CPI(M) general secretary Prakash Karat is a troubled man. After a disastrous election, the party has been stricken by factionalism in its Kerala unit and cracks in its Bengal citadel. Excerpts from an interview with Smita Gupta:
Kerala CM V.S. Achuthanandan is dropped from the politburo, but no action against scam-accused state secretary Pinarayi Vijayan. It looks as if the CPI(M) ‘benefited’ from the deal.
Achuthanandan’s being dropped for violations of organisational norms and indiscipline should not be linked to our stand on the SNC Lavalin case. We are convinced there is no wrongdoing on the part of Vijayan. When the case comes up in court, the truth will be established. If we had any grounds to believe he was involved in corruption, he would have been removed not just from the party secretaryship but from even the party. Achuthanandan is the seniormost leader of the party and the central committee has stated that he shall continue to fulfil his responsibility as Kerala CM.
In Bengal, corrupt panchayat members have destroyed the civil administration. How will you possibly clean up the party without throwing virtually everyone out?
Our achievement in decentralising powers and building a three-tier panchayat system, vital in increasing the people’s participation in governance and development, shouldn’t be confused with problems relating to the performance of elected party panchayat members. Bureaucratic behaviour, malpractices etc have caused alienation...we are identifying such trends/ persons and taking steps to rectify the situation. The process of rectification will take time. There is no question of throwing everyone out, but certainly, bad eggs will be removed.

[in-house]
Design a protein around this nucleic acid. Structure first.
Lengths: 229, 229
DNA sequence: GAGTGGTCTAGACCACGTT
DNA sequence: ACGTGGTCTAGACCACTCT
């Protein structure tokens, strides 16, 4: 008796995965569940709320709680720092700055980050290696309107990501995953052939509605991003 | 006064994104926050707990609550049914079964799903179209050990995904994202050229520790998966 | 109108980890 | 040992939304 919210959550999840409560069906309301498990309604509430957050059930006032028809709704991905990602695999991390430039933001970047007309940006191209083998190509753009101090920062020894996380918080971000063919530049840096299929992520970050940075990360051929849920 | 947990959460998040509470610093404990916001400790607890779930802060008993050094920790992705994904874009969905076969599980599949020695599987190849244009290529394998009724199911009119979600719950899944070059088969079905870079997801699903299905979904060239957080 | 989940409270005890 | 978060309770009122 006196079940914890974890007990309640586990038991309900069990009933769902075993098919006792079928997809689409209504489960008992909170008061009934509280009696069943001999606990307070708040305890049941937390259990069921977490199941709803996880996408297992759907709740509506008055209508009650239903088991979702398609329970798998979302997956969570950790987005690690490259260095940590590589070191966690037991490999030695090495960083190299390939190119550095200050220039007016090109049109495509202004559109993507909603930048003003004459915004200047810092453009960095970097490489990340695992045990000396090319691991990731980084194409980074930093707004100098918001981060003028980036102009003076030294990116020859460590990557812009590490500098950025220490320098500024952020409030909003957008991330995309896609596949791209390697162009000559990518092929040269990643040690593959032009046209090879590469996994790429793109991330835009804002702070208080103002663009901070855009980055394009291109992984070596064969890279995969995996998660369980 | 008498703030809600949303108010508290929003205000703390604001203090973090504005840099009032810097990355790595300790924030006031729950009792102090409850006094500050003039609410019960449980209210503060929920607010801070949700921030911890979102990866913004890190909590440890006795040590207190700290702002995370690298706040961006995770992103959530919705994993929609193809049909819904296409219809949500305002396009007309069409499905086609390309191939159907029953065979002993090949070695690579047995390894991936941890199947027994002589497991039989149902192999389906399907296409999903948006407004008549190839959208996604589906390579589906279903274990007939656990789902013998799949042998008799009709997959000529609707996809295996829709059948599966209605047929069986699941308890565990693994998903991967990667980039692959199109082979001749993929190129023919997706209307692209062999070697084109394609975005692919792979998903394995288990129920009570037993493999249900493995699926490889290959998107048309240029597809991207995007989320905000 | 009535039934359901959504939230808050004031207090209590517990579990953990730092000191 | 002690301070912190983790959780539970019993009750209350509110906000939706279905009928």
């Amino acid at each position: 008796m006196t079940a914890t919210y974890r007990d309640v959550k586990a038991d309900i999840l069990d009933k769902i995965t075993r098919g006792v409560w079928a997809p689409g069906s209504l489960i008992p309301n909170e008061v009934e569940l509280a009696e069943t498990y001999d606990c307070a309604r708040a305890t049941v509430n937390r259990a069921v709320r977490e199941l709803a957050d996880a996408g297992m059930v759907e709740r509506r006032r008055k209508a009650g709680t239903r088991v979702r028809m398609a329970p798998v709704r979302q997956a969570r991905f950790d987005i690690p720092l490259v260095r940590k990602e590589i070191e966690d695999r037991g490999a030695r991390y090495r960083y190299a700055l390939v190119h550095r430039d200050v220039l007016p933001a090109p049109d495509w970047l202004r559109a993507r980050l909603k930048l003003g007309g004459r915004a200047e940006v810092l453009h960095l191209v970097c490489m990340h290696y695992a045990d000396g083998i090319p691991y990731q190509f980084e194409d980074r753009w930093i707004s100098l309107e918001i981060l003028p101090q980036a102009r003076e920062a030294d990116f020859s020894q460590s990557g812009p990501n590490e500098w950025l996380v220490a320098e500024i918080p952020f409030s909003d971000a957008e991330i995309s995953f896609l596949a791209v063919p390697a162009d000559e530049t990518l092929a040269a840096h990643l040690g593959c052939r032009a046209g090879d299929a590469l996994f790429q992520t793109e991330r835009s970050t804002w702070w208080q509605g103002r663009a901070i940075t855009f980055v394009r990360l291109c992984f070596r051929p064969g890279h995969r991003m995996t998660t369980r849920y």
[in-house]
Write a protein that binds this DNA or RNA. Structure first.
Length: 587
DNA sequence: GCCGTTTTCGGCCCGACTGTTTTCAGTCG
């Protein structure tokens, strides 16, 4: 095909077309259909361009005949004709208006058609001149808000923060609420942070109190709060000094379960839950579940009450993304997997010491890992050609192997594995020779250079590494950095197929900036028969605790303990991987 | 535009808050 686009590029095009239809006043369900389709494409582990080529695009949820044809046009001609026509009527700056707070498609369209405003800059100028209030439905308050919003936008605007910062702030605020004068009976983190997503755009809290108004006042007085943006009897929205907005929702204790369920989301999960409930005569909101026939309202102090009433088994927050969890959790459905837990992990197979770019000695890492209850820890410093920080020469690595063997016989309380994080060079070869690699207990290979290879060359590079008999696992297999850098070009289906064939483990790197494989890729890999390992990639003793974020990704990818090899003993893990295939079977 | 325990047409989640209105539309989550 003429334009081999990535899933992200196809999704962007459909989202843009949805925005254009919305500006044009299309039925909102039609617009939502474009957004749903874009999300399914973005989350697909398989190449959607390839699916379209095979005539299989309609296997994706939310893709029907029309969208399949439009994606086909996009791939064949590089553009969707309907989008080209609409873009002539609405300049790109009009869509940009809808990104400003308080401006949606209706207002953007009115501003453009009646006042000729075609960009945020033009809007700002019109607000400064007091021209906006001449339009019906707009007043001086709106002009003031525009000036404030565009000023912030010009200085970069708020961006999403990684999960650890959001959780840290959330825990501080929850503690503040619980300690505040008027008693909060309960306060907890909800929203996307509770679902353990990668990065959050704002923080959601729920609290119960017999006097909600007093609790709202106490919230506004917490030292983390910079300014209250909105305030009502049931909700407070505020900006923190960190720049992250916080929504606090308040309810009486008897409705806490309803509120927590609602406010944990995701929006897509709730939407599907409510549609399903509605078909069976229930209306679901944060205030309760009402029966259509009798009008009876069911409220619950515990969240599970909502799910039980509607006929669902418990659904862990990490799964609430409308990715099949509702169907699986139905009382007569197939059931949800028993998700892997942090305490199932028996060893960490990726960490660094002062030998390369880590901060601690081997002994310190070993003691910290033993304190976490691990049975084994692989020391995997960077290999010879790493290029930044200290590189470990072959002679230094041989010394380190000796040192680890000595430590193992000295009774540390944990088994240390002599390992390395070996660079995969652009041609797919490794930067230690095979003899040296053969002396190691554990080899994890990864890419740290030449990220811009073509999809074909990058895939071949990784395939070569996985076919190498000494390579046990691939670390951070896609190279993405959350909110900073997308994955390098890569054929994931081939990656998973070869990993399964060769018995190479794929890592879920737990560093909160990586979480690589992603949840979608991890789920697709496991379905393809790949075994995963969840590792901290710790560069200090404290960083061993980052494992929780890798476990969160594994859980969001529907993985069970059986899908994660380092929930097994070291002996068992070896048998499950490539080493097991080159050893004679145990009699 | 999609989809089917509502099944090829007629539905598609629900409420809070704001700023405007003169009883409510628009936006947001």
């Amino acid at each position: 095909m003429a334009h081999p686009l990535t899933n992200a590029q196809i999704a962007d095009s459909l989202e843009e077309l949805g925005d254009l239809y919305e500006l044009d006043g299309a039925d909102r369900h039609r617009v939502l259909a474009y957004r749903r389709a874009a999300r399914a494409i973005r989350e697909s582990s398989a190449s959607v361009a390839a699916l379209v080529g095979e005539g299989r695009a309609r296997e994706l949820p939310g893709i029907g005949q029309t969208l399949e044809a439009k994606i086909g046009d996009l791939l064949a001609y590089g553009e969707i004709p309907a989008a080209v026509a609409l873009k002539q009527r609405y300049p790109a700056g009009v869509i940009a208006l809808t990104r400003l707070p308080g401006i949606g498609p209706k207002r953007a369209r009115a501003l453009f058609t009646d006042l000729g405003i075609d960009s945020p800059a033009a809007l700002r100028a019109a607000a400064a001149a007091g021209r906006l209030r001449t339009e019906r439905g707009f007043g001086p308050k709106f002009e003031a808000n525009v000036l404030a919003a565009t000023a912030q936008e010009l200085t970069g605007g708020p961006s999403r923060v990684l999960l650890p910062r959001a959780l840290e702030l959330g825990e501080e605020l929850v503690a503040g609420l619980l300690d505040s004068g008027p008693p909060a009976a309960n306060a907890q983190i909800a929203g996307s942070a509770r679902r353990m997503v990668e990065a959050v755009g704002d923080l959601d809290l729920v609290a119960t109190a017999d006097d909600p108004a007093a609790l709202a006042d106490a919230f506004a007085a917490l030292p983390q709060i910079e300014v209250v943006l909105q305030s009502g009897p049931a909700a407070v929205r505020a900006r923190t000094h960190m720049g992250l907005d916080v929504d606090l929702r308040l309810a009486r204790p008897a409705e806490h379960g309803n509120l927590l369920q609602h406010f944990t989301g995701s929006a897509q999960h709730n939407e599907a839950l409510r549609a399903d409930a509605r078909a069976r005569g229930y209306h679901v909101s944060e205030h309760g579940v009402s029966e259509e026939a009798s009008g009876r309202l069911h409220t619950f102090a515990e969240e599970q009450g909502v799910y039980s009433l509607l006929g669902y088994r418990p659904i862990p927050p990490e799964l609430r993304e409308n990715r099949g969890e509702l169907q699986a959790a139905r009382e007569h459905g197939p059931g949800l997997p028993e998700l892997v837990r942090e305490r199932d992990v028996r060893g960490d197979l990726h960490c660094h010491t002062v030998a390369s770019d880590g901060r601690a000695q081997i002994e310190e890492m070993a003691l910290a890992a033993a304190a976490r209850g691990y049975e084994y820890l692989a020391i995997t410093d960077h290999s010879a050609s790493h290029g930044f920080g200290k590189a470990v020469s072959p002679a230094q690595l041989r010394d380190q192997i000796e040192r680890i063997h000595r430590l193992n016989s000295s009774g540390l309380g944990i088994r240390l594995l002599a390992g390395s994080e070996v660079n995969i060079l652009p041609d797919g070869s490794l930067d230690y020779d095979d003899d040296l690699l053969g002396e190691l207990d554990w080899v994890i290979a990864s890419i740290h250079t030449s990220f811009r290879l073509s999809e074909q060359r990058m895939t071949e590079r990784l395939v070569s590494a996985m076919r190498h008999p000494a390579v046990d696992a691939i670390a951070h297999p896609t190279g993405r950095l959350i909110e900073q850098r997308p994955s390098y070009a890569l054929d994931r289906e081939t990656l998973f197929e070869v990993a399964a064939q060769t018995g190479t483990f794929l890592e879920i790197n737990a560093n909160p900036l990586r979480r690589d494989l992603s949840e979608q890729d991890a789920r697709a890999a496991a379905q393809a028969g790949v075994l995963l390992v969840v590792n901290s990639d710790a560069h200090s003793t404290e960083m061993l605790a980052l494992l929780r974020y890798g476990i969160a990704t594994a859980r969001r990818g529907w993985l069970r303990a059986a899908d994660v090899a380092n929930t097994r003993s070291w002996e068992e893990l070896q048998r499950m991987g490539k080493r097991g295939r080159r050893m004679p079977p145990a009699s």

In retrospect, do you think the CPI(M) shouldn’t have severed ties with the Congress over the N-deal?
There’s no way we could have gone along with the UPA to forge a strategic alliance with the US. True, the N-deal wasn’t an issue on which we could mobilise people but that was not our only electoral issue. We campaigned against the Congress government’s economic policies, against communal forces. Even if we hadn’t withdrawn support on the N-deal, there was no possibility of going to the elections in alliance with the Congress.
If you hadn’t split with the Congress, you might have prevented the tmc-Congress alliance.
The Congress hadn’t shown any hesitation in the past in joining anti-Marxist forces. In the panchayat polls before we withdrew support in 2008, the Congress had an unofficial alliance with the tmc.
Despite having little in common with parties like the TDP or BSP, you joined forces and gave a call for an alternate government. Just pique with the Congress or a considered strategy?
The call for an electoral alternative was correct but we should not have extended that to a call for an alternate government as alliances were limited to a few states and there was no common policy platform.